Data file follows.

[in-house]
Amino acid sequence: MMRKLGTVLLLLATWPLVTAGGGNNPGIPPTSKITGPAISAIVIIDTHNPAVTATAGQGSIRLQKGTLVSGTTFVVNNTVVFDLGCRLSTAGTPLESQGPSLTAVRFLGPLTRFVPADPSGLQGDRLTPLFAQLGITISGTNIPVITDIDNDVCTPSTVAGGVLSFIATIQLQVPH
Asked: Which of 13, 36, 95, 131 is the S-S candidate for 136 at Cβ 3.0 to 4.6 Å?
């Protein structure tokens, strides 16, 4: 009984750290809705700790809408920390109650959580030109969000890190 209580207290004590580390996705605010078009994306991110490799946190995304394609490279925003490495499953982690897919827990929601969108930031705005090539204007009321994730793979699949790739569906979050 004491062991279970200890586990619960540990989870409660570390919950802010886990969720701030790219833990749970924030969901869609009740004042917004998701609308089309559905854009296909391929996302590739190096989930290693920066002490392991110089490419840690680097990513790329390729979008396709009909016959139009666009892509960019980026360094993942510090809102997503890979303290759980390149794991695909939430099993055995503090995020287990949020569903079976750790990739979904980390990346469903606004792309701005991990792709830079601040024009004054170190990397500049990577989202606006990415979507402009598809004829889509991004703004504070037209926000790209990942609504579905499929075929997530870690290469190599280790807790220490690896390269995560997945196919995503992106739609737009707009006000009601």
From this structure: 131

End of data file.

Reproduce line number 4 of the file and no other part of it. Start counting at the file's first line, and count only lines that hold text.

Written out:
């Protein structure tokens, strides 16, 4: 009984750290809705700790809408920390109650959580030109969000890190 209580207290004590580390996705605010078009994306991110490799946190995304394609490279925003490495499953982690897919827990929601969108930031705005090539204007009321994730793979699949790739569906979050 004491062991279970200890586990619960540990989870409660570390919950802010886990969720701030790219833990749970924030969901869609009740004042917004998701609308089309559905854009296909391929996302590739190096989930290693920066002490392991110089490419840690680097990513790329390729979008396709009909016959139009666009892509960019980026360094993942510090809102997503890979303290759980390149794991695909939430099993055995503090995020287990949020569903079976750790990739979904980390990346469903606004792309701005991990792709830079601040024009004054170190990397500049990577989202606006990415979507402009598809004829889509991004703004504070037209926000790209990942609504579905499929075929997530870690290469190599280790807790220490690896390269995560997945196919995503992106739609737009707009006000009601």